Hazzm Movement

Hazzm Movement
حركة حزم
Harakat Hazzm

Participant in the Syrian Civil War

Official logo of the Hazzm Movement

Hazzm Movement flag
Active 25 January 2014 – 1 March 2015
  • Salim Idris[1]
  • Bilal Atar
  • Abdullah Awda
  • Hamza Shamali
  • Murshid al-Khalid
  • Mohammed al-Dahik
Headquarters Atarib, Aleppo Governorate, Syria
Area of operations
Strength 400[3] (February 2015)
Part of
Battles and wars

Syrian Civil War

The Hazzm Movement (Arabic: حركة حزم, Harakat Hazzm, meaning Movement of Steadfastness[12]) was an alliance of Syrian rebel groups affiliated with the Free Syrian Army in northwestern Syria that existed from 25 January 2014[13] until 1 March 2015, when most of them dissolved into the Levant Front.


In late 2013 the former Supreme Military Council chief of staff Salim Idris planned to form the Hazzm Movement in response him being sacked as the chief of staff.[1] The Hazzm Movement was established on 25 January 2014 when 12 small rebel factions merged. Several of the factions had been part of the Farouq Brigades.[14] The groups that became the Army of Mujahedeen were originally going to join the Hazzm Movement.[15] The previous incarnation of the group, called Harakat Zaman Mohamed (The movement of the time of Muhammad), was supported by the Muslim Brotherhood of Syria.[15]

The Hazzm Movement had a northern division, led by Murshid al-Khalid (Abu al-Mutassim), and a southern division led by Mohammed al-Dahik (Abu Hatem). The Secretary-General was Bilal Atar (Abu Abd al-Sham).[14] Abdullah Awda (Abu Zeid) was in charge of military operations[12] and Hamza Shamali (Abu Hashem) in charge of political affairs.[14]

The group was supplied BGM-71 TOW anti-tank missiles[14] in a covert CIA program launched in 2014. Scores of the group's fighters also received U.S. military training in Qatar under the same program.[16]

In October 2014, the al-Nusra Front began attacking positions of the Hazzm Movement in the Idlib Governorate, overrunning bases and seizing weapon stores, due to its perceived closeness to the United States.[16] Following the loss of men and weapons to Nusra, the Idlib branch of Hazzm stopped receiving funds from the CIA in December 2014, funds to the Aleppo branch continued.[17] In January 2015, al-Nusra attacked Hazzm Movement positions in the Aleppo Governorate. The Hazzm Movement reacted by joining the Levant Front, a large alliance of prominent Aleppo-based Islamist rebel groups; the alliance urged al Nusra to resolve its dispute with the Hazzm Movement by negotiating with the Levant Front.[18]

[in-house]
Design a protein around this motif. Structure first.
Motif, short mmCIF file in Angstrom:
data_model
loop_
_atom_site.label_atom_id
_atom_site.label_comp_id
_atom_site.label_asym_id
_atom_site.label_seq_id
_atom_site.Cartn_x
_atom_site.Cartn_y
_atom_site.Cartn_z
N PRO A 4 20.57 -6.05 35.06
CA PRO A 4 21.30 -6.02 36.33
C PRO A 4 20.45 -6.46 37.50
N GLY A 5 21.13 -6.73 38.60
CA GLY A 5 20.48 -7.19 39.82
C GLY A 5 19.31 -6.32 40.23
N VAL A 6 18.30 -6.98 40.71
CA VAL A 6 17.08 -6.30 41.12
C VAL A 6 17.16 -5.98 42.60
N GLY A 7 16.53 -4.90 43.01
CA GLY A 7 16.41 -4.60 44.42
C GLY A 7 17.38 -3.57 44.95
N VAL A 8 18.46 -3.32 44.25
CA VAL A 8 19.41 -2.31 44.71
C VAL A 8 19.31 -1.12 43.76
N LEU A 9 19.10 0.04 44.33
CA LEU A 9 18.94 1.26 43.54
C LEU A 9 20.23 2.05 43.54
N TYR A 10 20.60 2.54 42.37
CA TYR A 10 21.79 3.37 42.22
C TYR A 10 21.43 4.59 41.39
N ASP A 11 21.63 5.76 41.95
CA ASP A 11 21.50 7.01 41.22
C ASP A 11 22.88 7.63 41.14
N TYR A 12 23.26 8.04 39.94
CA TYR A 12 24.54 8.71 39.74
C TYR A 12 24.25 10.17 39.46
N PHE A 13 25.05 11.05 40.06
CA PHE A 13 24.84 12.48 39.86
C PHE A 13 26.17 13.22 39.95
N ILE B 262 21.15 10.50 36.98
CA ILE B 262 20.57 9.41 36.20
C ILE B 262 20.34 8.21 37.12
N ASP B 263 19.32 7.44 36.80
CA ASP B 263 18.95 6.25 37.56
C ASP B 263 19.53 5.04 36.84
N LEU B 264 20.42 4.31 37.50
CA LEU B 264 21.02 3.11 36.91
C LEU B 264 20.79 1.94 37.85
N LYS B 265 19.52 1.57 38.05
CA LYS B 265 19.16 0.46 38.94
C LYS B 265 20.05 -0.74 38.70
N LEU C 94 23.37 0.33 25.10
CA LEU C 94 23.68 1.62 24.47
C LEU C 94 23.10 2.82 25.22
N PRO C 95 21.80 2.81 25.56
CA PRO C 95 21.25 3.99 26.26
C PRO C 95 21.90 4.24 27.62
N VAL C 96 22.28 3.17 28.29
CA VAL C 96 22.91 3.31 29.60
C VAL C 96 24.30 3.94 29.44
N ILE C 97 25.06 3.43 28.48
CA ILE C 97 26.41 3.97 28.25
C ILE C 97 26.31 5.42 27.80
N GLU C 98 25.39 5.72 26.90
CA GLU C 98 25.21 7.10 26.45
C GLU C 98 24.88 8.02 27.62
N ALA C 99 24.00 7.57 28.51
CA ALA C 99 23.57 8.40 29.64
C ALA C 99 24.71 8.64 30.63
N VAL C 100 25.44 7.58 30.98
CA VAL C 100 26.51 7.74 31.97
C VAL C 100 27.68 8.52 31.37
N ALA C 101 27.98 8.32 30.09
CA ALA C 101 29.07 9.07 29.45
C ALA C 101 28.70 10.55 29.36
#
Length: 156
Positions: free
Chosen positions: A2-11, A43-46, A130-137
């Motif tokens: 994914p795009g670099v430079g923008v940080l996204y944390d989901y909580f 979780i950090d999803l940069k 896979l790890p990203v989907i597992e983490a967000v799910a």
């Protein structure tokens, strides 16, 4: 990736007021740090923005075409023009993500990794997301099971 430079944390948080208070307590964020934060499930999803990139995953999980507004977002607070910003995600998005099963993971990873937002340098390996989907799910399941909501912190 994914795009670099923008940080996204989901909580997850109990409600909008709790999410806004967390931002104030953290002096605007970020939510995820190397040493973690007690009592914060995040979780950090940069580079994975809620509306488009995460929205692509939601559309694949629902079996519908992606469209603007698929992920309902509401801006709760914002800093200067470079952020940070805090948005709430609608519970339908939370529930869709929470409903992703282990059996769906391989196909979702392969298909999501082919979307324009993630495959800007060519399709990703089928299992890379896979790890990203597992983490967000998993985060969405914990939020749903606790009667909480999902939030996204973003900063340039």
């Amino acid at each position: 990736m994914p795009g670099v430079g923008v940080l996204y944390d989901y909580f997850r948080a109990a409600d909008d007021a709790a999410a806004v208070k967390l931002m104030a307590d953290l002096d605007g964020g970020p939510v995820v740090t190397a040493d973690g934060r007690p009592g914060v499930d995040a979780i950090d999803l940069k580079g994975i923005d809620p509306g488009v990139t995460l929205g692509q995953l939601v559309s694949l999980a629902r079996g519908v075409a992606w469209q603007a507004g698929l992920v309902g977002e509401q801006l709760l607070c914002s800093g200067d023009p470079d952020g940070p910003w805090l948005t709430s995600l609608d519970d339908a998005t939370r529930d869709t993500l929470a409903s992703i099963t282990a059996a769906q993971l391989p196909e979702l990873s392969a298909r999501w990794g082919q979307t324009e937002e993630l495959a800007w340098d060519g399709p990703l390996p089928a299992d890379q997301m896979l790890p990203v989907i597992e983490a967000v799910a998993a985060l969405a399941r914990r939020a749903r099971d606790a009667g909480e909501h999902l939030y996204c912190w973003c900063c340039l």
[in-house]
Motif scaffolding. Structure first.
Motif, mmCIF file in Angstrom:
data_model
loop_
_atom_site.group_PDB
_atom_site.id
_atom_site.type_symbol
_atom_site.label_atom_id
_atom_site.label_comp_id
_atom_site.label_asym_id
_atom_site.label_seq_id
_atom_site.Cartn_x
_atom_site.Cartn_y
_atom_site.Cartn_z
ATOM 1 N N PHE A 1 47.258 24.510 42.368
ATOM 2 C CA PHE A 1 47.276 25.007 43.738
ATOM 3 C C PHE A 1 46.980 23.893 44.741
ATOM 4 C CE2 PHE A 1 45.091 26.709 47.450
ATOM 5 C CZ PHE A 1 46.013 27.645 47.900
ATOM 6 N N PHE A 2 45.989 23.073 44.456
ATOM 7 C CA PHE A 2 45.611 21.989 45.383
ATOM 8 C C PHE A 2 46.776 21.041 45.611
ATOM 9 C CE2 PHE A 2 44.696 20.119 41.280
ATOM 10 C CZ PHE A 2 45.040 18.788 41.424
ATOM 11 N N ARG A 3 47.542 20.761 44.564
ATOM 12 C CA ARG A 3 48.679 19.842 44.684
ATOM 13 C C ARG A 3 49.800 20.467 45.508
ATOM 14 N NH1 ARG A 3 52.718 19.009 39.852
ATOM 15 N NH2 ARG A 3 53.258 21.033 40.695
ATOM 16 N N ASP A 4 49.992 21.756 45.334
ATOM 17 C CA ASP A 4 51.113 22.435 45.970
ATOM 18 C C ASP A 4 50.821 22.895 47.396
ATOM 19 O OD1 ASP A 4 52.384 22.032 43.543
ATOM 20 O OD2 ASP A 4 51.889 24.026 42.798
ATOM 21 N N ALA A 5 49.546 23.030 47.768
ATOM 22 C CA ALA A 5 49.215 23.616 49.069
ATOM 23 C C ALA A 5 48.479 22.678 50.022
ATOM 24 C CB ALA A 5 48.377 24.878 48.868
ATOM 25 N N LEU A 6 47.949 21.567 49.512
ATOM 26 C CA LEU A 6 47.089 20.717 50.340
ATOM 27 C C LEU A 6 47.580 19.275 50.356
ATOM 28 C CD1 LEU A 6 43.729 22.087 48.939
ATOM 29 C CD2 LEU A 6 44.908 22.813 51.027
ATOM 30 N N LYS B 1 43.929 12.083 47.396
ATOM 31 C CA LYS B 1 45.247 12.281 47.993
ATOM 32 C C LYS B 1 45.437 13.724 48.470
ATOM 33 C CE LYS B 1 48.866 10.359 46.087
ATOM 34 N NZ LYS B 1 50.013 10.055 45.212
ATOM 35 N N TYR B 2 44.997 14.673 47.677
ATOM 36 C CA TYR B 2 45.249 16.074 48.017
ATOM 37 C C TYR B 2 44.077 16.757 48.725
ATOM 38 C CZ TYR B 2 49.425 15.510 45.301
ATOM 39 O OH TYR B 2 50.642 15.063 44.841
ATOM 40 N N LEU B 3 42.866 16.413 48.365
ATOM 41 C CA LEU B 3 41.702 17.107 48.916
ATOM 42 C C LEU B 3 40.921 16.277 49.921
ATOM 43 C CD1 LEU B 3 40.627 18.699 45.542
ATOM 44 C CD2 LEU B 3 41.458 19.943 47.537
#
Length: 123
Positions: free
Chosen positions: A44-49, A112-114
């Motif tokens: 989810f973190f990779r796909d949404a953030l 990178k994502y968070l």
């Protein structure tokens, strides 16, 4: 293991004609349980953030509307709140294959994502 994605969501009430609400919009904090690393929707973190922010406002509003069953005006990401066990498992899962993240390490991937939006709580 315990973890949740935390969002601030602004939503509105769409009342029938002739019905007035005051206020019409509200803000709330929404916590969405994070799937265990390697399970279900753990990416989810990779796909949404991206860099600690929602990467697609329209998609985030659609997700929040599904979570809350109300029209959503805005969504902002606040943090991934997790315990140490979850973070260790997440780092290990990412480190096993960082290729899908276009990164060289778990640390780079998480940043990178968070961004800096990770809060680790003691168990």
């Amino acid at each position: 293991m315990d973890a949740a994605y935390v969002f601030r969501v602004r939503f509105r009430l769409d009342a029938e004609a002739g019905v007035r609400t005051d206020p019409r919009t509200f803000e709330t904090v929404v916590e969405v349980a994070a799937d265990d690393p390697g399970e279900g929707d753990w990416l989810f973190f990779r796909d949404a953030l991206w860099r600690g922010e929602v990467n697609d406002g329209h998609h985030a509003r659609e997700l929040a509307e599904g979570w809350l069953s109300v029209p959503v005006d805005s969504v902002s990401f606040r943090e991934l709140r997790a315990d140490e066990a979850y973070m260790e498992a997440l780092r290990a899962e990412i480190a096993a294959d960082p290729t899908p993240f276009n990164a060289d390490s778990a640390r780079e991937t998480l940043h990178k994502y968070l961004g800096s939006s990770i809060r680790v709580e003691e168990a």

On 1 March 2015, after several heavy clashes with the al-Nusra Front, the Hazzm Movement announced they were dissolving into the Levant Front.[7] However, the Levant Front later threatened the Hazzm members, vowing to hunt down their commanders for being "corrupt criminals", ordering their fighters to pledge to "continue jihad" and to not fight together with "corrupt criminals".[1]

On 5 May 2015, some former members of the Hazzm Movement, including the Atarib Martyrs Brigade, and the allied Syria Revolutionaries Front based in the north, as well as smaller FSA groups, joined the newly-formed Army of Revolutionaries.[19][20] However, the Atarib Martyrs Brigade left Jaysh al-Thuwar in 2016 to join the Army of Mujahideen in in May.[21]

During the Turkish military intervention in Syria which began in late August 2016, some former members of the Hazzm Movement and the Syrian Revolutionaries Front from Turkey participated in the operation under the flags of other rebel factions in Jarabulus.[22]

Component groups

The 12 groups that merged on 25 January 2014 to form the Hazzm Movement were:

Several other groups joined the Hazzm Movement at a later date.

9th Division of Aleppo